The Orlando-based Juvenile Life Without Parole Defense Resource Center was created after another U.S. Supreme Court decision in 2010, brought by Terrance Graham of Jacksonville, who was sentenced to probation for a robbery but then arrested for another robbery and sentenced to life in prison.
In his case, Graham v. Florida, the justices ruled that life without parole for juveniles who did not commit murder amounted to cruel and unusual punishment. The Alabama and Arkansas cases expand that to murderers who were sentenced under automatic minimum sentence laws that didn’t allow the judge any discretion.
According to a 2009 Florida State University study, 77 out of 109 juveniles in the country facing life without parole for non-homicidal crimes were from Florida.
The study found that Florida’s laws were “out of step with the nation,” but state officials argued that Florida has the right to set its own criminal penalties.
“The states have sovereign responsibility over their own criminal justice systems, and their legislatures decide the appropriate mix of punishment, deterrence, incapacitation, and rehabilitation in determining appropriate prison sentences,” Florida officials wrote at the time.
The Graham decision prompted Weinstein, now running for the state Senate, to sponsor a bill to allow juveniles convicted of non-homicides and sentenced to life to be re-sentenced after serving 25 years. He sponsored it two years running, and last year it passed the House but died in the Senate.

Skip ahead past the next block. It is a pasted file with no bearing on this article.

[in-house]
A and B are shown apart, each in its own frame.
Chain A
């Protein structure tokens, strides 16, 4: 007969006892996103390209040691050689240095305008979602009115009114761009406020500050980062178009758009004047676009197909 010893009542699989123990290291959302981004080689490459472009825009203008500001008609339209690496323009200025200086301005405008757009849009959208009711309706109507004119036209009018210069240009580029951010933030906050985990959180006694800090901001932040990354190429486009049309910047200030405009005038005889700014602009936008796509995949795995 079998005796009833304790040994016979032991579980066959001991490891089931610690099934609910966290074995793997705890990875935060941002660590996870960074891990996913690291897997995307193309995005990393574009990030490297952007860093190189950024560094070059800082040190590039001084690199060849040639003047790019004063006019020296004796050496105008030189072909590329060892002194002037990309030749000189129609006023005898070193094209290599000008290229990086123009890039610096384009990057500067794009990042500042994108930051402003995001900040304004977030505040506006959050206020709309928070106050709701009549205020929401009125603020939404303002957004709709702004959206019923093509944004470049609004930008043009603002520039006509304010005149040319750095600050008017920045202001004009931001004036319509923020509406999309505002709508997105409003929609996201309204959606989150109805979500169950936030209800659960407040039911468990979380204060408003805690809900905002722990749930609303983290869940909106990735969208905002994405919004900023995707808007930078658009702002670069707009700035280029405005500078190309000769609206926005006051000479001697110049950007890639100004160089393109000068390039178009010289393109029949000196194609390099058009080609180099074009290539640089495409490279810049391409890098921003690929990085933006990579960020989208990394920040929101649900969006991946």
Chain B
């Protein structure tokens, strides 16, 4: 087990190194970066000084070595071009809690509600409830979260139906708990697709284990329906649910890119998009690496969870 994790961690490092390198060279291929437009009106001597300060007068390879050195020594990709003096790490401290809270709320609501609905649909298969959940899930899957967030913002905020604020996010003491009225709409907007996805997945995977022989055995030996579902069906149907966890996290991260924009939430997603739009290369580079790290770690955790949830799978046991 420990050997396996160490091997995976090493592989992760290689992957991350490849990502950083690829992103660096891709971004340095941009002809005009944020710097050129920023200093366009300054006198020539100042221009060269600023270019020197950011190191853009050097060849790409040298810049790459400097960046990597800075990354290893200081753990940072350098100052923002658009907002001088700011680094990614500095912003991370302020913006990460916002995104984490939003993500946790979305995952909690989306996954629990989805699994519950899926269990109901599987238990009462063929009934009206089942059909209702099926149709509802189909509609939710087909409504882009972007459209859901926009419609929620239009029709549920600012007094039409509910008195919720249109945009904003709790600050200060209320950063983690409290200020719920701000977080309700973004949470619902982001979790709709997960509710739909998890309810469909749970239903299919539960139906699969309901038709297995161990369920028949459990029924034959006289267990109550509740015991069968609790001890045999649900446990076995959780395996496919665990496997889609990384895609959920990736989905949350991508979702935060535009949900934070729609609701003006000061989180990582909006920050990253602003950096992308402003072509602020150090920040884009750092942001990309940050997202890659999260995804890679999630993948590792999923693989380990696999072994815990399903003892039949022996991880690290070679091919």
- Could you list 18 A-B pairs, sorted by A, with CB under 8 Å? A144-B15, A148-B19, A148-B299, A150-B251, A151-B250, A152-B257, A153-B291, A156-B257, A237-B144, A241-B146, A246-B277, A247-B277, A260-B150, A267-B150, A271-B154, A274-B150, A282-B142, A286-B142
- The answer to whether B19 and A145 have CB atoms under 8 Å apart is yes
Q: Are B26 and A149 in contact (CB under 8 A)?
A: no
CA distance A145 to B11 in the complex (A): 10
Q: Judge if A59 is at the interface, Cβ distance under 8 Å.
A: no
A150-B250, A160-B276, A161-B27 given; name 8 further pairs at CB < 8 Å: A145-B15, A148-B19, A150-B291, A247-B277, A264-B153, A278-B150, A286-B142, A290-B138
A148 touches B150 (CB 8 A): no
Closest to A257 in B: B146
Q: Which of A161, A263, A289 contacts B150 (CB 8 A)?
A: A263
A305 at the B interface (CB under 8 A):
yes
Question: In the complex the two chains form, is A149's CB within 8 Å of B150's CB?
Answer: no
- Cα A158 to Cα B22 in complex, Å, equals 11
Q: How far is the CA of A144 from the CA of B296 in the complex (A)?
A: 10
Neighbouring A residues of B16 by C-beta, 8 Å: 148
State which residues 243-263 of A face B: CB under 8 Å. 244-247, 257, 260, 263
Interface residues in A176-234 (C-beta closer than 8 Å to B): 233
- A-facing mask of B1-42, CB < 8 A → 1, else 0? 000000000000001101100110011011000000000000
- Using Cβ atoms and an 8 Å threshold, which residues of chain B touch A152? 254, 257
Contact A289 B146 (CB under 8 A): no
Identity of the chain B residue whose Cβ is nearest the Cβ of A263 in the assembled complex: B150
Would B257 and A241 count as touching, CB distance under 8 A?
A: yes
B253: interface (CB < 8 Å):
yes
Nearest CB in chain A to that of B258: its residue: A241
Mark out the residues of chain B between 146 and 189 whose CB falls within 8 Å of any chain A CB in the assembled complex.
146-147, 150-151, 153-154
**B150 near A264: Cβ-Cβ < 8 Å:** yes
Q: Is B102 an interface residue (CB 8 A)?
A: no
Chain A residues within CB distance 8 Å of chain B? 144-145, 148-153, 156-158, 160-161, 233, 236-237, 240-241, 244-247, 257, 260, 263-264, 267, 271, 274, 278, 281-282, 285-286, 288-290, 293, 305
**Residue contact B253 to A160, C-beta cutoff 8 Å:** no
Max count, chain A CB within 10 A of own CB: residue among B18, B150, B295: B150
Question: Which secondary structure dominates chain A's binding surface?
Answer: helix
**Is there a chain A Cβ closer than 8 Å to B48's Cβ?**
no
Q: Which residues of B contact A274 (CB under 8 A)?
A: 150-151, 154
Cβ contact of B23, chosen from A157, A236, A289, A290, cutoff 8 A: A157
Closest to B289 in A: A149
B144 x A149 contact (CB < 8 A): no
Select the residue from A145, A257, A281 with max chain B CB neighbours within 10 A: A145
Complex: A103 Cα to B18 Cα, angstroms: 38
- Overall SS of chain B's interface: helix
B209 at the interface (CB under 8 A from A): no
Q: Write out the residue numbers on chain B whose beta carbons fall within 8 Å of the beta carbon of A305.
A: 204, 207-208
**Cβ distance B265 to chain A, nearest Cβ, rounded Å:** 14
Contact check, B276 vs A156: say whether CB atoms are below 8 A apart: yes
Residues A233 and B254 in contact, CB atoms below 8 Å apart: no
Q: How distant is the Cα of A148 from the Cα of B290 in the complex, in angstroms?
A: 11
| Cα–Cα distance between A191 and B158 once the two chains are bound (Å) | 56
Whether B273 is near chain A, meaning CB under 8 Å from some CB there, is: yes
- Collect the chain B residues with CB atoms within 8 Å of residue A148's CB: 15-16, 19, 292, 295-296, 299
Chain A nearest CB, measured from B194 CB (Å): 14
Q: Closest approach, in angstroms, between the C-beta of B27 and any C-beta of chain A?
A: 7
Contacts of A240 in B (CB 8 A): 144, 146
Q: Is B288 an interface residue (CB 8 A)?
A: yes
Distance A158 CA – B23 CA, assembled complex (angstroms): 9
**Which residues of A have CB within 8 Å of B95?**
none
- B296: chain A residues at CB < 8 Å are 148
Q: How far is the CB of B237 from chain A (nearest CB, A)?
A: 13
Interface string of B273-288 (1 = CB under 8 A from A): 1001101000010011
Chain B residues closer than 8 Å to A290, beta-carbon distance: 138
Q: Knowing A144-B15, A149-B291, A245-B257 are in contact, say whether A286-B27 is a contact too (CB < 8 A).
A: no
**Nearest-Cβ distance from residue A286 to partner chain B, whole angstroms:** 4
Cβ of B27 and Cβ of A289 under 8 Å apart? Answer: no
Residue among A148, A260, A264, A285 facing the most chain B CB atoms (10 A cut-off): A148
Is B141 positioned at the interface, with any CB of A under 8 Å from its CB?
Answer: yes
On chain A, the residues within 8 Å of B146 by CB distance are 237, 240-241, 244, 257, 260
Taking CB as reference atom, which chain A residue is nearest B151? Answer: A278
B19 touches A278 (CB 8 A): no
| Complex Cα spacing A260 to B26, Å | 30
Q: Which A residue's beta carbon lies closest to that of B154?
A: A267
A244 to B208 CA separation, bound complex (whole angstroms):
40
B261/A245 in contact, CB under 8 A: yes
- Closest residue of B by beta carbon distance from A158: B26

He said he’ll bring the measure back in the 2013 session, along with a second bill addressing juveniles who kill.
“It’s going to be a little harder, but we don’t have a choice,” Weinstein said.
According to State Attorney Bill Eddins of the First Judicial Circuit, president of the Florida Prosecuting Attorneys Association, the state has several options in the wake of the Miller ruling.
One is for the prisoner to have a resentencing hearing before a judge.
“The second option is to pass legislation that grants the right to parole to these juvenile homicides that are serving mandatory life,” Eddins said. “When the Graham case came down, our association encouraged the Legislature to do that.”
Eddins said he personally supports Weinstein’s past proposals, as do some other prosecutors, but that the Florida Prosecuting Attorneys Association hasn’t taken a position.
Weinstein said his first attempt at passing his bill failed because it gave a role to the Parole Commission, which some in the Legislature want to phase out.
Several prosecutors want the state’s clemency board to consider those cases, Eddins said.
Bondi, too, said she plans to review each of the cases affected by the ruling.
“We will be looking at it closely,” she said. “It’s a personal issue to me as a prosecutor for many, many years. But hopefully, the right thing will happen and the juveniles who deserve to stay in prison for life will stay in prison. You have to remember, some of these juveniles committed very, very adult crimes in a very, very gruesome manner, and they could be out of prison when they’re younger than all of us standing here.”
Florida’s criminal justice system is scrambling to close what could be a massive gap between judicial discretion and the state’s mandatory minimum sentence laws in cases involving juveniles in the wake of a recent court decision.